Postgraduate Course: Enlightenment and Romanticism 1688 - 1815 (ENLI11140)
|School||School of Literatures, Languages and Cultures
||College||College of Humanities and Social Science
||Availability||Not available to visiting students
|Credit level (Normal year taken)||SCQF Level 11 (Postgraduate)
|Home subject area||English Literature
||Other subject area||None
||Taught in Gaelic?||No
|Course description||This course introduces students to the new conceptions of social formation developed in the literature of this period, and in particular the literary response to the modern discourses of contractarian liberalism and political economy. It examines the genres which emerge to negotiate this relationship, including the novel and 'romantic' modes of verse. In particular, it concentrates on the impact of a "Scottish philosophy" (Hume, Smith, Ferguson) on the wider British literary field, and asks to what extent "modern" conceptions of British society are a product of Scottish responses to the Union of 1707. And it asks students to consider the ways in which these "modern" conceptualisations of the social whole have been adapted, adopted and challenged by those twentieth-century thinkers who underpin contemporary literary-critical practice.
Entry Requirements (not applicable to Visiting Students)
||Other requirements|| None
|Additional Costs|| None
Course Delivery Information
|Delivery period: 2013/14 Semester 1, Not available to visiting students (SS1)
||Learn enabled: Yes
|Course Start Date
|Breakdown of Learning and Teaching activities (Further Info)
||Please contact the School directly for a breakdown of Learning and Teaching Activities
|Breakdown of Assessment Methods (Further Info)
Please contact the School directly for a breakdown of Assessment Methods
|No Exam Information
|On completion of this course, the student will be able to:
1. an understanding of how literary and cultural works document the complex and changing relationship between England, Ireland and Scotland from the 'Glorious Revolution' of 1688 to the end of the French wars in 1815.
2. an understanding of how debates concerning the nation also explored a range of ideas concerning the adequacy of social and gender hierarchies.
3. An understanding of the variety of enlightenment modes and genres in which ideas of the national and national difference were articulated.
|4000 Word Essay (100%)|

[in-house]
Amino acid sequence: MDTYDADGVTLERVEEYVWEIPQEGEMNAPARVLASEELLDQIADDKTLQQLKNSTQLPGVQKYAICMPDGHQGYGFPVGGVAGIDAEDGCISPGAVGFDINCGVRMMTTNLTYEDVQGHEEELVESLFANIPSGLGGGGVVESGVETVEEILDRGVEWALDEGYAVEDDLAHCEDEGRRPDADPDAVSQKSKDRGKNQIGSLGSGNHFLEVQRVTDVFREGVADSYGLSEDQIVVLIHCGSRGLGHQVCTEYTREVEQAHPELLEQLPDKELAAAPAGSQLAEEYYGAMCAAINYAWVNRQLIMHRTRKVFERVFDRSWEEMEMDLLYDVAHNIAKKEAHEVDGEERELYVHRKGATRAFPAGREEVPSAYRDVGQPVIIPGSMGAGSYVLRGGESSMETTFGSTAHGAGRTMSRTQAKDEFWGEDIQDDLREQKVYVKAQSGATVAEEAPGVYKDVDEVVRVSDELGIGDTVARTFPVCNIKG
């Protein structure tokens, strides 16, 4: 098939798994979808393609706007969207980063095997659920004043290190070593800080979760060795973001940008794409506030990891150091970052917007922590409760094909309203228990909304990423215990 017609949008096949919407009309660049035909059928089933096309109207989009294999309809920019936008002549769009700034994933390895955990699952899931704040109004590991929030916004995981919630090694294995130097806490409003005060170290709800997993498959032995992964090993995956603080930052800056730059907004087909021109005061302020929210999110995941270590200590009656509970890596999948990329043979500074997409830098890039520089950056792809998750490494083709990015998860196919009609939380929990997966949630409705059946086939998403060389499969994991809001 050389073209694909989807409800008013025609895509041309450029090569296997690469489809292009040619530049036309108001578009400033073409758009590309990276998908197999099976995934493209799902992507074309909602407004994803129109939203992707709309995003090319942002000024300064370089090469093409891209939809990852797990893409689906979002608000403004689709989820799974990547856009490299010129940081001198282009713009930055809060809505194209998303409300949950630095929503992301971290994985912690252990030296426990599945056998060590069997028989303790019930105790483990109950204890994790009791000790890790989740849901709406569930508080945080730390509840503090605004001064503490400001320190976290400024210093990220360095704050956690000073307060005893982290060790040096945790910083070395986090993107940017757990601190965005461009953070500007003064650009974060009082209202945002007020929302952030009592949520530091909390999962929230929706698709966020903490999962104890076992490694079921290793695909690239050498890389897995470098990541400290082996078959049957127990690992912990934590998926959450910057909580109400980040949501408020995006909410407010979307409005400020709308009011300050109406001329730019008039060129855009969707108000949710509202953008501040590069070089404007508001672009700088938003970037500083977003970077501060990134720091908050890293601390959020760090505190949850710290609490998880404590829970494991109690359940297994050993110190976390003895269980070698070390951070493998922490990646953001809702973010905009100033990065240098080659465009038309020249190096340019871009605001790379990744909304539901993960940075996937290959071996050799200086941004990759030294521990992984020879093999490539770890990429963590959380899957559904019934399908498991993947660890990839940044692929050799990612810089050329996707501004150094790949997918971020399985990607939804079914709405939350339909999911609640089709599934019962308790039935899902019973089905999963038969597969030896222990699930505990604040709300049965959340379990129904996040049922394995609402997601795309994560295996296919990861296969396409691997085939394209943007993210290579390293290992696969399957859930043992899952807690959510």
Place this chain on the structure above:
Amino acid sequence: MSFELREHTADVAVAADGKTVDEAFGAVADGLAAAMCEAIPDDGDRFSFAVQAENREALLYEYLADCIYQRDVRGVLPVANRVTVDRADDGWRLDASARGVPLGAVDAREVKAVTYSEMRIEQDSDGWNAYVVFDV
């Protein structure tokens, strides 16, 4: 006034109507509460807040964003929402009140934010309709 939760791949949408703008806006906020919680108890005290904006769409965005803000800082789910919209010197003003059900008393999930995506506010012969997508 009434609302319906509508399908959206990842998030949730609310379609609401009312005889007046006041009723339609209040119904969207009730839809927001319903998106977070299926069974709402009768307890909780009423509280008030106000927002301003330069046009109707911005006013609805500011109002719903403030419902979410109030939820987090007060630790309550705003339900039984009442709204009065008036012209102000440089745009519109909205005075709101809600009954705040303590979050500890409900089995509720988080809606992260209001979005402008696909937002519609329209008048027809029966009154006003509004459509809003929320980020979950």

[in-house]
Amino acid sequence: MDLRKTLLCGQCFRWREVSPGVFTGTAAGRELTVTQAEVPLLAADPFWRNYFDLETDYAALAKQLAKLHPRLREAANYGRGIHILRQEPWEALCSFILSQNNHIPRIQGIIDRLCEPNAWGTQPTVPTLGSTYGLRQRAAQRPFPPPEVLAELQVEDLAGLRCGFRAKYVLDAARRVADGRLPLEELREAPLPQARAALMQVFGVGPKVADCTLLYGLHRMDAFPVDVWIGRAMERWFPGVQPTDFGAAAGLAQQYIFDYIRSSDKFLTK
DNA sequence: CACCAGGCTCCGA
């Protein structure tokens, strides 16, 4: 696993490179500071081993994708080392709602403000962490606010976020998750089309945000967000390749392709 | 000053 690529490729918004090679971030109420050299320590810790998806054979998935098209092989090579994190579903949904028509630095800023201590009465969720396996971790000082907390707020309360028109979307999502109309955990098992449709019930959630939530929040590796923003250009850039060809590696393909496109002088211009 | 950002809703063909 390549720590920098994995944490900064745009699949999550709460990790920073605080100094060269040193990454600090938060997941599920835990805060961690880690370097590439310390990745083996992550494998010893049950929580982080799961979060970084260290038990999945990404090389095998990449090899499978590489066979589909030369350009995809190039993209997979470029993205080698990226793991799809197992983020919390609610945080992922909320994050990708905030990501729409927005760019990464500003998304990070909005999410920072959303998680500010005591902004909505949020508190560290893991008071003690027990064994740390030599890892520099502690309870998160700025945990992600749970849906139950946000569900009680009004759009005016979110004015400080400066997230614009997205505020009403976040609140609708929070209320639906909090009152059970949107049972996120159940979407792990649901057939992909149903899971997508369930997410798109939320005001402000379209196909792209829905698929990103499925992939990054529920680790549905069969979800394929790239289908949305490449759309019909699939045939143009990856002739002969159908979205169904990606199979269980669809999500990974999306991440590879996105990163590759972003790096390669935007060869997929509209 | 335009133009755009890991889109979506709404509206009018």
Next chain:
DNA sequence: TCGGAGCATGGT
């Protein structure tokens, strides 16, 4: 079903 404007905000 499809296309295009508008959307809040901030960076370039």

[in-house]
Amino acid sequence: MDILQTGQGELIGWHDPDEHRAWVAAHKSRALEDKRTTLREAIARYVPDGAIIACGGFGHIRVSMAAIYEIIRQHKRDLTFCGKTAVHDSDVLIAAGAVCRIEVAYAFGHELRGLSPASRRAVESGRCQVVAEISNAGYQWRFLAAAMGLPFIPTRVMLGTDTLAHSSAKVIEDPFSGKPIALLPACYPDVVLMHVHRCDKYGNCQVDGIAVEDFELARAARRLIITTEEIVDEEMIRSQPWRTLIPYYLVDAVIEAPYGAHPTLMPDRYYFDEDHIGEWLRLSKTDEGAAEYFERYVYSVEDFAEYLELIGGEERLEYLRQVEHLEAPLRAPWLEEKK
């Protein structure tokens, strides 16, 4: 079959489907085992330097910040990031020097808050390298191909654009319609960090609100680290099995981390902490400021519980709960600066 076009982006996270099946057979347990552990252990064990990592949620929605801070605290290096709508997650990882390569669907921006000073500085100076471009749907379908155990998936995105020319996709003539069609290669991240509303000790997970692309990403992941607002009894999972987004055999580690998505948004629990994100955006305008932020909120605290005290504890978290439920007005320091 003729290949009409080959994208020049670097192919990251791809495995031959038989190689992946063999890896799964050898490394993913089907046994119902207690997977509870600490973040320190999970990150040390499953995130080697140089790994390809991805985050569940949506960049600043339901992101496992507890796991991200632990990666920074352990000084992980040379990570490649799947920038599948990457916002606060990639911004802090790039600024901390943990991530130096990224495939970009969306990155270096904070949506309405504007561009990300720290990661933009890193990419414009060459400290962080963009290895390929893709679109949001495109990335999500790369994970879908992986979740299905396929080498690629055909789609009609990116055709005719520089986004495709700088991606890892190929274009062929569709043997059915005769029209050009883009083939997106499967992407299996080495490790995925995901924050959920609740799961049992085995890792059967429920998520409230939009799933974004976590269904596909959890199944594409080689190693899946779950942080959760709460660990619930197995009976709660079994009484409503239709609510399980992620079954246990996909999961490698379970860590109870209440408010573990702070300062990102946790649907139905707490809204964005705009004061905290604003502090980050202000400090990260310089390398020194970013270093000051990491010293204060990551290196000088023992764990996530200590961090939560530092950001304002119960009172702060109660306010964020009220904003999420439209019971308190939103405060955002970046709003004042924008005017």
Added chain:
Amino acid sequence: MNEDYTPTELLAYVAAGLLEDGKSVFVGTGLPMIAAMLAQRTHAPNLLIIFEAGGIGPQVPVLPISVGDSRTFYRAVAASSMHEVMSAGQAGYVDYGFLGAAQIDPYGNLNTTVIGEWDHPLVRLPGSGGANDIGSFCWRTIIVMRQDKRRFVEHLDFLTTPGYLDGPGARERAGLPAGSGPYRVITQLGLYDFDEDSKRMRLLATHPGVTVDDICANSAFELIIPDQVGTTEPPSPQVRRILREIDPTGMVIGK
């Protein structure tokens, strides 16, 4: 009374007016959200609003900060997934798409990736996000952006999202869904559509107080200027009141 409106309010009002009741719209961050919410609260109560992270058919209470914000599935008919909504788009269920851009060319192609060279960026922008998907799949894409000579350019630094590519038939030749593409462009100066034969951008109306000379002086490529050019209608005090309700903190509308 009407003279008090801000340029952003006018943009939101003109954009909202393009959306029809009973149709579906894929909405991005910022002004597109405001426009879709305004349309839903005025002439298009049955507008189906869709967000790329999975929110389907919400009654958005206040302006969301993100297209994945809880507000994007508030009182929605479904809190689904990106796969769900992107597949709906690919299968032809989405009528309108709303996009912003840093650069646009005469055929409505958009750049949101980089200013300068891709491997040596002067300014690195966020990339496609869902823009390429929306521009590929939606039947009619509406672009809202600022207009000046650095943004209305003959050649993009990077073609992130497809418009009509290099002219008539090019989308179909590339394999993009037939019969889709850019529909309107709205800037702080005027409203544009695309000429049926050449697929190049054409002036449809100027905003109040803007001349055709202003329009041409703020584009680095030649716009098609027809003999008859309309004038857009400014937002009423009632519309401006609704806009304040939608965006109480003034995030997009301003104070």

||Aims and Objectives:
- to attempt to understand textual production in relation to social formations and their conceptualisation (i.e., in what ways do 'literary' genres such as (for example) the tragic drama, the novel or lyric verse provide specific resources for imagining the social whole?).
- to place writing from or about Scotland and/or Ireland at the centre of the curriculum and explore immediately pressing questions about political identity in the context of dramatically changing political relations within and between England, Scotland and Ireland (for example, the conception of society presented in the work of Scottish philosophers like David Hume and Adam Smith can be read as a response to the stateless condition of Scotland after the Union with England in 1707).
- to consider how discourses of gender shape understanding of national differences in enlightenment culture.
- to evaluate how modern theories of nationalism address (or fail to address) enlightenment conceptualisations of the nation.
2. The Liberal Subject
John Locke, 'Second Treatise' from "Two Treatises of Government" (1690);
Daniel Defoe, 'Robinson Crusoe' (1719);
Adorno and Horkheimer, 'The Concept of Enlightenment' from "Dialectic of Enlightenment" (1944).
3. The Fate of Virtue in an Age of Commerce
Trenchard and Gordon, extracts from "Cato's Letters" (1720¿23);
Jonathan Swift, 'A Modest Proposal' (1729);
Alexander Pope, 'Epistle to Allen Lord Bathurst' (1733); 'The Dunciad' (1742 version);
Adam Ferguson, extracts from 'An Essay on the History of Civil Society' (1767);
Jürgen Habermas, extracts from 'The Structural Transformation of the Public Sphere' (1962).
4. Gender and Modernity
Addison and Steele, extracts from 'The Spectator' (1711-12, 1714);
Samuel Richardson, 'Pamela' (1740);
Michel Foucault, extracts from 'A History of Sexuality volume 1: An Introduction' (1976).
5. Pastoral, Georgic, and National Myth
Alexander Pope, 'Windsor Forest' (1713);
Allan Ramsay, 'The Gentle Shepherd' (1725);
James Thomson, extracts from 'Spring' (1726) and 'Alfred' (1740);
Thomas Gray, "Elegy [...]" (1751), "The Bard" and "The Progress of Poesy" (1756);
James Macpherson, extracts from 'Fragments of Ancient Poetry';
Michel Foucault, "Language to Infinity" in 'Language, Counter-Memory, Practice' (1980).
6. Political Economies
Tobias Smollett, 'Humphry Clinker' (1771);
Adam Smith, extracts from 'On the Nature and Origin of the Wealth of Nations' (1776).
7. Poetry and the Return of Politics at the end of the Eighteenth Century
Anna Barbauld, selected poems;
Robert Burns, selected poems;
William Wordsworth and Samuel Taylor Coleridge, poems from 'Lyrical Ballads' (1798);
8. The Romantic Subject